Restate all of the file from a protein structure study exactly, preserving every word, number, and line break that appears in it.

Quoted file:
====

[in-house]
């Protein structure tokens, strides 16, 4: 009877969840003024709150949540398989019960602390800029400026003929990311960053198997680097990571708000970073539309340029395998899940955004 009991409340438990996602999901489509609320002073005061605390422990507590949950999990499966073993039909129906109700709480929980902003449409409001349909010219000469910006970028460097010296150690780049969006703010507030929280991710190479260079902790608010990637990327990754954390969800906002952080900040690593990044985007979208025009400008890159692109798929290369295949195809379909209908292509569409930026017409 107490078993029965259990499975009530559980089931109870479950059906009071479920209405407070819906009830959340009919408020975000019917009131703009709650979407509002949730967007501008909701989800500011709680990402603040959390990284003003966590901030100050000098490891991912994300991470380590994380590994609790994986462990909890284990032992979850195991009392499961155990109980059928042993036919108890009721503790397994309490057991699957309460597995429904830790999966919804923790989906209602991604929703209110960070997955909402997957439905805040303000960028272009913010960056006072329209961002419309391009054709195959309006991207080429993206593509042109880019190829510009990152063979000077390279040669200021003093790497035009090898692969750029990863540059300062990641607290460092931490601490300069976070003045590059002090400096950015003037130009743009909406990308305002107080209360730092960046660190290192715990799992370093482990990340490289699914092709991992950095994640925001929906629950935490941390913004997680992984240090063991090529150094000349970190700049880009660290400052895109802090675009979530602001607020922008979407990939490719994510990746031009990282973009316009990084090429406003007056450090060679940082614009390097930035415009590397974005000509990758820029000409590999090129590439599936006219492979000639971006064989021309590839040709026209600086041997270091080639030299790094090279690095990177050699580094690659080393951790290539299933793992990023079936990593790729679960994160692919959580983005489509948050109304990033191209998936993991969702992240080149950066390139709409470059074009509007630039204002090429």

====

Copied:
[in-house]
């Protein structure tokens, strides 16, 4: 009877969840003024709150949540398989019960602390800029400026003929990311960053198997680097990571708000970073539309340029395998899940955004 009991409340438990996602999901489509609320002073005061605390422990507590949950999990499966073993039909129906109700709480929980902003449409409001349909010219000469910006970028460097010296150690780049969006703010507030929280991710190479260079902790608010990637990327990754954390969800906002952080900040690593990044985007979208025009400008890159692109798929290369295949195809379909209908292509569409930026017409 107490078993029965259990499975009530559980089931109870479950059906009071479920209405407070819906009830959340009919408020975000019917009131703009709650979407509002949730967007501008909701989800500011709680990402603040959390990284003003966590901030100050000098490891991912994300991470380590994380590994609790994986462990909890284990032992979850195991009392499961155990109980059928042993036919108890009721503790397994309490057991699957309460597995429904830790999966919804923790989906209602991604929703209110960070997955909402997957439905805040303000960028272009913010960056006072329209961002419309391009054709195959309006991207080429993206593509042109880019190829510009990152063979000077390279040669200021003093790497035009090898692969750029990863540059300062990641607290460092931490601490300069976070003045590059002090400096950015003037130009743009909406990308305002107080209360730092960046660190290192715990799992370093482990990340490289699914092709991992950095994640925001929906629950935490941390913004997680992984240090063991090529150094000349970190700049880009660290400052895109802090675009979530602001607020922008979407990939490719994510990746031009990282973009316009990084090429406003007056450090060679940082614009390097930035415009590397974005000509990758820029000409590999090129590439599936006219492979000639971006064989021309590839040709026209600086041997270091080639030299790094090279690095990177050699580094690659080393951790290539299933793992990023079936990593790729679960994160692919959580983005489509948050109304990033191209998936993991969702992240080149950066390139709409470059074009509007630039204002090429």